Historical Views of Western Art
Upcoming SlideShare
Loading in...5
×
 

Like this? Share it with your network

Share

Historical Views of Western Art

on

  • 3,324 views

 

Statistics

Views

Total Views
3,324
Views on SlideShare
3,324
Embed Views
0

Actions

Likes
1
Downloads
43
Comments
0

0 Embeds 0

No embeds

Accessibility

Categories

Upload Details

Uploaded via as Microsoft Word

Usage Rights

© All Rights Reserved

Report content

Flagged as inappropriate Flag as inappropriate
Flag as inappropriate

Select your reason for flagging this presentation as inappropriate.

Cancel
  • Full Name Full Name Comment goes here.
    Are you sure you want to
    Your message goes here
    Processing…
Post Comment
Edit your comment

Historical Views of Western Art Document Transcript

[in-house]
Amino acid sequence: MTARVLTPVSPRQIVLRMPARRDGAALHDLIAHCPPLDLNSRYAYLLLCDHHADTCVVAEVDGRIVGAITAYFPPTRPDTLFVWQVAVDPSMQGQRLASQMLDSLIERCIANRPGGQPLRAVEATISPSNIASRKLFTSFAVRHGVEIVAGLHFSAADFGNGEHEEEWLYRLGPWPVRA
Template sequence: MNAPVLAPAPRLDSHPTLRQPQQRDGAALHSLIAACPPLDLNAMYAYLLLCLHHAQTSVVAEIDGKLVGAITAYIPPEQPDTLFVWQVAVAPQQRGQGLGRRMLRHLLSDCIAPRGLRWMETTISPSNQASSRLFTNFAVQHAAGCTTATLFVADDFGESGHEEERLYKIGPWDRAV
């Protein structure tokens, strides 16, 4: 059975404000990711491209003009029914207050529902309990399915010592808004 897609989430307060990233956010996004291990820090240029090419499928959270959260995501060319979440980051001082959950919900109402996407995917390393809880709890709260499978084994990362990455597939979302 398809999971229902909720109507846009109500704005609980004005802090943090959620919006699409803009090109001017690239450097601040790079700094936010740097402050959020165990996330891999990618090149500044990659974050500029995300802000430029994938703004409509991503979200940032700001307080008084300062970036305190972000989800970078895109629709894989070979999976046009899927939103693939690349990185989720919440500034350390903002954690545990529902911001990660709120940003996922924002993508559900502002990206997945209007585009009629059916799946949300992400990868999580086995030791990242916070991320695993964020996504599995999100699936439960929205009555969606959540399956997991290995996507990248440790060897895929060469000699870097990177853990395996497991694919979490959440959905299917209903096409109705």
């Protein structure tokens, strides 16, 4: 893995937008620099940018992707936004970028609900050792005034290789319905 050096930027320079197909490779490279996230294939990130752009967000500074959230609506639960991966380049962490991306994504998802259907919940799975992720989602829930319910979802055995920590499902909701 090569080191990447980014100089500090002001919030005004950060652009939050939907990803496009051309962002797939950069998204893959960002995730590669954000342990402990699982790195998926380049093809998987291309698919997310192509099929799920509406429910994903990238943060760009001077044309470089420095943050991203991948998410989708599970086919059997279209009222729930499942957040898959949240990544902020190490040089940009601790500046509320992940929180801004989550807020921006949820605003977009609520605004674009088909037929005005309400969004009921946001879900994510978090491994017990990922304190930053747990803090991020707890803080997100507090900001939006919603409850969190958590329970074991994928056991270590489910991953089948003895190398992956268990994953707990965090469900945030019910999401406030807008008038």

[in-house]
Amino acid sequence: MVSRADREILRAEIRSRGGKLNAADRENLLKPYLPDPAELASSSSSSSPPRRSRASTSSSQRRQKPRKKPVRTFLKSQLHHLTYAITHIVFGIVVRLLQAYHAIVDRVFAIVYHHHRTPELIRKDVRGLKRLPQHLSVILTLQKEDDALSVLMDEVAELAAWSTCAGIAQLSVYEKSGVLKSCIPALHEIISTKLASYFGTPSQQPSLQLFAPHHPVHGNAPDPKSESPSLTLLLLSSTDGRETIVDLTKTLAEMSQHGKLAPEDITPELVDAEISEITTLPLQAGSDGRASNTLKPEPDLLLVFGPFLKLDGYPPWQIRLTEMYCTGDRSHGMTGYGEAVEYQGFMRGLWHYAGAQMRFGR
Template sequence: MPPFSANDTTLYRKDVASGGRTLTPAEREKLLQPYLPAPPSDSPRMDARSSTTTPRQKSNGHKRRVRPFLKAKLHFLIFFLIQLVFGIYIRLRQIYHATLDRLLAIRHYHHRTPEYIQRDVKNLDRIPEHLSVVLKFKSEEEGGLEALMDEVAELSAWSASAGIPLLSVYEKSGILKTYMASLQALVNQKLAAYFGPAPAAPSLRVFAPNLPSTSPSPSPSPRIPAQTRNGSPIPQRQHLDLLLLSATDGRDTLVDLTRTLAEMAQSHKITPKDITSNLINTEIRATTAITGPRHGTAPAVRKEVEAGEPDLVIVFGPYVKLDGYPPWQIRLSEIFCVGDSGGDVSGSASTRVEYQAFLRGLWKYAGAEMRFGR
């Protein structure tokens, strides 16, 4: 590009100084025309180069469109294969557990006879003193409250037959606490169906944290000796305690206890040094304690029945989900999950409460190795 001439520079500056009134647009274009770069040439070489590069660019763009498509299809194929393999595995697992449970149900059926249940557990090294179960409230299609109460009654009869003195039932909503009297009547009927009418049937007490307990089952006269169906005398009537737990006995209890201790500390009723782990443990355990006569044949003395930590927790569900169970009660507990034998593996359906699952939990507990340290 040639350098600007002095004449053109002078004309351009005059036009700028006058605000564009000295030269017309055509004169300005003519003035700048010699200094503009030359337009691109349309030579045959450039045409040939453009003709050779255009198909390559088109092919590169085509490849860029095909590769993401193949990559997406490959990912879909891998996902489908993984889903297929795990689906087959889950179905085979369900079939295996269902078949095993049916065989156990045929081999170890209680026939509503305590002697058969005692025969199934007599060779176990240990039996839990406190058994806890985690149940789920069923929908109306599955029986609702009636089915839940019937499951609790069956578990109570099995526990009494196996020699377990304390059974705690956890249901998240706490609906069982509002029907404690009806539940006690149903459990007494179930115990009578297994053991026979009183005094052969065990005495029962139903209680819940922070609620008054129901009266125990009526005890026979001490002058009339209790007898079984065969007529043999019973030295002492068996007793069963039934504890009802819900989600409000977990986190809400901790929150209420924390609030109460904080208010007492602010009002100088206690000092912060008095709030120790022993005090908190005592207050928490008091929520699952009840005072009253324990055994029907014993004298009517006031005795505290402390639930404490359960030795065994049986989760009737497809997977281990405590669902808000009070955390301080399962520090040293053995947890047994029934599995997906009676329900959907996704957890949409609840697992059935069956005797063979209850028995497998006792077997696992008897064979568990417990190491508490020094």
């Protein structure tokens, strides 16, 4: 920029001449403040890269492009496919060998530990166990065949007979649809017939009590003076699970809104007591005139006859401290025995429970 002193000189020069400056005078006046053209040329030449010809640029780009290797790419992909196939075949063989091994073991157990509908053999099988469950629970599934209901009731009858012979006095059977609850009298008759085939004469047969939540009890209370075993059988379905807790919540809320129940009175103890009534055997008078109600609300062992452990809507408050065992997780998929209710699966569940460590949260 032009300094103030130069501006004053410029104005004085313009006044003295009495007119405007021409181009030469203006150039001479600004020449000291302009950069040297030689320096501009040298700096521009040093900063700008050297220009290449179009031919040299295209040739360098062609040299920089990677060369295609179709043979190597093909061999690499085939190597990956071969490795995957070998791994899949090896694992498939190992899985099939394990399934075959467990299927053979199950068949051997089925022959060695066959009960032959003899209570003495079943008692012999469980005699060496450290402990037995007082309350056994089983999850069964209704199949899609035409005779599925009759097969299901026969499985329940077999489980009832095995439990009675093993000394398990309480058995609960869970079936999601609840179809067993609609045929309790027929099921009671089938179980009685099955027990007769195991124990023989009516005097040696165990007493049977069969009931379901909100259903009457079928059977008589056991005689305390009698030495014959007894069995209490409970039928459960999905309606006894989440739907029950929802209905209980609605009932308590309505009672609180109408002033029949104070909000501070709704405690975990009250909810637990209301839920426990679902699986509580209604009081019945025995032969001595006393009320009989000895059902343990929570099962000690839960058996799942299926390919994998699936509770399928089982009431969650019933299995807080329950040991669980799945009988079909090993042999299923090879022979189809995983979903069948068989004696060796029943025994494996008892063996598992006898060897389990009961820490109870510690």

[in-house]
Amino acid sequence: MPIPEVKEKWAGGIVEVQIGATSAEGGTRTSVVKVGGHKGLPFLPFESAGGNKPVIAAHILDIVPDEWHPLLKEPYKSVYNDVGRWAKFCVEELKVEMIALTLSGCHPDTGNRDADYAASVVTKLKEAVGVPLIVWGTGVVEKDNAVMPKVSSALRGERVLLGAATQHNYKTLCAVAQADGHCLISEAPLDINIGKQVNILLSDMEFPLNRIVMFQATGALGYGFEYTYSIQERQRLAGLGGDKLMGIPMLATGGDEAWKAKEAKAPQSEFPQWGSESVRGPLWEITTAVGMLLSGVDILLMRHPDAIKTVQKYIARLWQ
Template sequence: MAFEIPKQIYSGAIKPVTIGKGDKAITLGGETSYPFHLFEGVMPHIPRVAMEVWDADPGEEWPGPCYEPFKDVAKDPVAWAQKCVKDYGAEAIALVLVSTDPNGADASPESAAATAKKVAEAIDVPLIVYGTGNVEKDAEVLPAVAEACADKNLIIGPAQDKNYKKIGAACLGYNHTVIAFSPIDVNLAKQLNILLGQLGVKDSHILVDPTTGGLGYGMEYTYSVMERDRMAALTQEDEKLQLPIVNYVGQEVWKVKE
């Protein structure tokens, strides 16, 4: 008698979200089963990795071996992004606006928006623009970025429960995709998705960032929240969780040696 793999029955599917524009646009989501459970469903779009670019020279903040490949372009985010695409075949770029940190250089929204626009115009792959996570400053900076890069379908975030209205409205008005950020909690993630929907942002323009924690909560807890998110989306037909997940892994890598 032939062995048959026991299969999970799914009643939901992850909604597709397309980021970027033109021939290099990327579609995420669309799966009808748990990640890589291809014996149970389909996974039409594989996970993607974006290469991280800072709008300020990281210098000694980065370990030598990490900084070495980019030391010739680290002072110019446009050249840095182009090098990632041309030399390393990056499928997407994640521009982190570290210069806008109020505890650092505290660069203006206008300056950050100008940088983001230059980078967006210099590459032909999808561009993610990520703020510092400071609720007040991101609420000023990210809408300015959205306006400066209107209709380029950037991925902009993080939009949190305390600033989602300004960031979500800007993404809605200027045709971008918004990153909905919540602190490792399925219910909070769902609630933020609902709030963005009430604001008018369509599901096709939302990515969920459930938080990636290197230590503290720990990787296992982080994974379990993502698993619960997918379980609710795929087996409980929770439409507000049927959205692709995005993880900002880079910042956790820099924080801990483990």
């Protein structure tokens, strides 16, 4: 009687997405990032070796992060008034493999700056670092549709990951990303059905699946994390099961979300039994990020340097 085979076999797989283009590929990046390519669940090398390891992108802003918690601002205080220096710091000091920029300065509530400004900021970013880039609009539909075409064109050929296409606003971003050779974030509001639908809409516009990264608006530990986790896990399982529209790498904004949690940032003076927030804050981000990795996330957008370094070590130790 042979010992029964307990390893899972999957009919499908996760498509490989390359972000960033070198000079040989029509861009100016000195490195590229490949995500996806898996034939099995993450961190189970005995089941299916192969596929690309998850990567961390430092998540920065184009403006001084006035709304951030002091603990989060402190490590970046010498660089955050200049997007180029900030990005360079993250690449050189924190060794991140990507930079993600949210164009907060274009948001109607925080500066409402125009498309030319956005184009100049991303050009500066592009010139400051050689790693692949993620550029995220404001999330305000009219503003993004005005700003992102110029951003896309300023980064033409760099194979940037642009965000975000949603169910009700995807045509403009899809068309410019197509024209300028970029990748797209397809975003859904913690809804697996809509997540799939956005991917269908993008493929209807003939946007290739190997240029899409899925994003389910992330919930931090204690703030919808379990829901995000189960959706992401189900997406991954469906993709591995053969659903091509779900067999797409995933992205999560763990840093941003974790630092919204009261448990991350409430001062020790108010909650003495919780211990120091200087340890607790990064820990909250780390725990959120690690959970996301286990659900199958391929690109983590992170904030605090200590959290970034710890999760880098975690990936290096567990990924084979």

• 1. 4228465-319405Historical Views of Western Art<br />Ancient Greece<br />Athena Lemnia is a large bronze sculpture made by Phedias or Phidias-- one of the greatest sculptors of ancient Greece.As we consider the diversity and complexity of the modern world, it is only natural to ask: “Where did it all begun?” To answer the question, we must go back to a small town on the western edge of the settled world about five hundred years before the birth of Christ- Athens. It was the Athenians who, for the first time in the history, discovered how to achieve happiness by using their minds. Their time of glory was brief, only a couple of hundred years. But, what they had accomplished had shown more influence of Western Civilization than the achievements of any group of people even before.<br />In fact, the Greeks were intellectuals with a passion for using their minds. The word “school” comes from the Greek word, “leisure.” They thought that if a man had leisure, he would use it in thinking and finding out about the world. They called their healers as physicians, which mean those associated in the ways of nature. Scientific method is found on this concept:”Man is the measure of all things.” It was logical that their artists should be primarily concerned with the representation of the human figure.<br />They started when the Egyptian left off. If you have seen relics of Egyptian tombs, you will remember that they depict the human form in the easiest and most characterized pose. The head is always seen in the profile, the torso is strictly frontal, and the feet again in profile. The Egyptian did not experiment, they depicted people in this way because people had always been shown in this way.<br />In an ancient Greece, the Word “techne” is the closest equivalent of the word “art.” Techne, which means work or technical skill, can be applied to giving shape to any sort of object. But the Greeks had a special appreciation of mimesis (the imitation of reality) in painting sculpture and architecture.<br />The civilization of ancient Greece or Hellen began at about 1000 B.C. the geography of Greece varies greatly from that of Egypt, for Greece has a mountainous interior and a long and rugged coastline with many harbors.<br />Unlike Egypt, Greece was divided politically into small city-states (polis) with autonomous governments. This encouraged diversity of political structures, with Athens creating the first democratic state with popular representation. The ancient Greeks or Hellenes developed an outgoing disposition as seafarers and enjoyed an active commercial and cultural exchange with their neighbors.<br /> The development of countries in the near East and the eastern Mediterranean Sea continued. There were many great cultural achievements in Babylon, Assyria, Persia, Crete, Mycenae, and Greece. Although Greek civilization is recorded as early as 1100 B.C., its art became important after 500 B.C. beautifully proportioned sculpture and architecture were the joy of Greek people during the Golden Age of Pericles, 480-404 world’s most beautiful buildings.<br />Since the Athenians were intellectuals, we must approach their art intellectually; there are no trivia to capture the emotions. The finest of the buildings were those on the Acropolis, a hill formerly used as a fortress.<br /> The fundamental elements of Greek architecture are three types of columns or orders and entablatures such as the Doric, Ionic, and Corinthian orders. They play a central role in classical architecture.<br />EVOLUTION OF DORIC ORDER<br />A) HALF ELEVATION OF PRTHENON<br />B) HALF SECTION THRO PORTICO<br />The Doric Order, with a plain abacus capital, is the shortest and the most massive of the three classical orders.<br />THE IONIC ORDER<br />A) ARCHAIC TEMPLE OF ARTEMIS: EPHESUS<br />B) TEMPLE ON THE ILISSUS: ATHENS<br />C) TEMPLE OF APOLLO EPICURIUS: BASSAE<br />The Ionic order is taller and more slender; it has a capital characterized by a pair of spirals or volutes, and a base<br />THE EVOLUTION OF THE CORINTHIAN CAPITAL<br />A) EGYPTIAN BELL CAP<br />B) FABLED ORIGIN<br />C) NATURAL ACANTHUS<br />D) TYPICAL GREEK LEAF<br />E) TYPICAL ROMAN LEAF<br />F) ………<br />G) ………<br />H) ……..<br />CORITHIAN ORDER<br />shaftcapitalarchitecturefriezecornice<br />The Corinthian order is the tallest and the most slender of the three; it has a capital featuring curly acanthus leaves, and a base. The shafts of all three orders have flutings which are vertical grooves for a light-and-dark effect as the rays of the sun hit the columns.<br />You will note that the great philosophers came at the end of the “Golden Age” and the beginning of the fourth century B.C. the fourth century B.C. was an age of contemplation; there was time then in which to think. The fifth century B.C. was an age of doing: building, decorating, providing plays to entertain the doers.<br />402971059055<br />Painting in ancient Greece was largely confined to pottery. Greek pottery was first in a highly stylized, geometric style, which later developed into the expressive, flexible style of the red-and white-figured vases. These were produced in a wide variety of shapes to suit diverse purposes: some were to contain wine oil, others were drinking vessels, while still others served as trophies awarded to the winning athletes in the Olympic games. The vase paintings portrayed genre scenes, such as important family occasions and athletes grooming for a contest; often they were graced with scenes from classical mythology.<br />*Greece is a mountainous peninsula that juts into the Mediterranean Sea. It includes hundreds of rocky islands off the coast. But the people of ancient Greece settled over a much wider area, from southern France to Asia Minor (now Turkey). Everywhere they went, they brought their language and traditions with them.<br />Ancient Egypt<br />4276725721360Ancient Egypt, which grew along the banks of the Nile River, Branching out into the fertile delta of Lower Egypt and emptying into the Mediterranean Sea, was one of the earliest important agricultural civilizations. The beginning of its history is marked at about 3, 000 B.C. with its simple geography based on sharp contrast---the fertile river banks with the linear disposition of cities along the Nile, flanked by the arid desert on both sides --- Egypt for a long period was under the centralized rule of a Pharaoh, “the great house,” the dynasties of which mark the periods of Egyptian history.<br />The art of ancient Egypt was closely related with religion, and to understand it, we must realize that the core is a profound preoccupation of death and immortality.<br />The mummy case. (Inside, the body is tightly bound in linen and preserved by oils and salt.) Among the ancient Egyptian deities were Ra, the sun god and the source of energy who is perpetually renewed at sunrise; Osiris, the god of the underworld who goes through several death and resurrections; Isis, his loyal and ever-watchful wife; and Ma’at, the goddess of truth who weighs a man’s heart against a feather. The spirit of man was Ka, residing in the body, and it was with utmost importance to provide it with shelter after death to ensure its long life existence. It was, therefore, necessary to preserve the image of the dead in painting and sculpture and preserve his remains by mummification.<br />It was in accordance with this belief that the Egyptians devoted more time and effort in building of tombs rather than the construction of dwellings. The earlier and simpler type of tomb was the mastaba, a chamber for the dead. This later developed, with the addition of several levels, into the step pyramid, such as that of Saqqara.<br />The great pyramids of the kings, especially that of King Khafre or Cheops, were the peak of pyramid construction. The largest was built on a base of 13 acres and rose about 450 feet.<br />According to Herodotus, it took 20 years in constructing The Great Pyramid that included the construction of two funeral temples on a causeway connecting them. Ten years was spent in preparing the site thus in carrying stones from the Nile.<br />The pyramid of Khafre and the sphinx of Giza, Egypt<br /> <br />Pharaoh Ikhnaton3057525962025Pharaoh Khafre ruled Egypt for fifty-six years.-1143001533525Nefertiti(The beautiful wife of Ikhnaton.)Funeral mask of eighteen-year-old King Tutankhamen, who ruled Upper and Lower Egypt 1, 350 years before Christ. Ancient Egyptian Kings were regarded as living gods and their names could not be uttered without a prayer.<br />